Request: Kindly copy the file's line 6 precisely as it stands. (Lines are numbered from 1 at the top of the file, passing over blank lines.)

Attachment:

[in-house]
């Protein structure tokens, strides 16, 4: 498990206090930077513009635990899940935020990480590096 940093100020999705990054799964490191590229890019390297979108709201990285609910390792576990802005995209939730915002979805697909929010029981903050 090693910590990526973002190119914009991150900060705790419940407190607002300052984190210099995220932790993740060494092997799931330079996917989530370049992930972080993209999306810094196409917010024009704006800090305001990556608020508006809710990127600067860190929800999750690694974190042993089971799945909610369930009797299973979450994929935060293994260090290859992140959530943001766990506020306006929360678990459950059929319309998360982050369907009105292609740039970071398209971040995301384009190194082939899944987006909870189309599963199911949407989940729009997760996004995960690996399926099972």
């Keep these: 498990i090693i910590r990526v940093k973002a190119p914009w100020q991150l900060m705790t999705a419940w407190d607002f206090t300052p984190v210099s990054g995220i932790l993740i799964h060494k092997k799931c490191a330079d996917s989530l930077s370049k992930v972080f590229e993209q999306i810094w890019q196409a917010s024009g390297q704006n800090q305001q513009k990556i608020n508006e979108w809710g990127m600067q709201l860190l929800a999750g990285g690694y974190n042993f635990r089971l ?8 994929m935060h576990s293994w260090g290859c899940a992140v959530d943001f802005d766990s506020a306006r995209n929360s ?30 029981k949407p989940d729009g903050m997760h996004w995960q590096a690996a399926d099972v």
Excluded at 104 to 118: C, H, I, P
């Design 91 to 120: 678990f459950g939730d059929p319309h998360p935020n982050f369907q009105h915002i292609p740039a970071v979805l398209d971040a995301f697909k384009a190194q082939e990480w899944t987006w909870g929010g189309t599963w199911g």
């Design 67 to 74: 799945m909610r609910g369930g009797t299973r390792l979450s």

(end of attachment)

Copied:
């Design 67 to 74: 799945m909610r609910g369930g009797t299973r390792l979450s």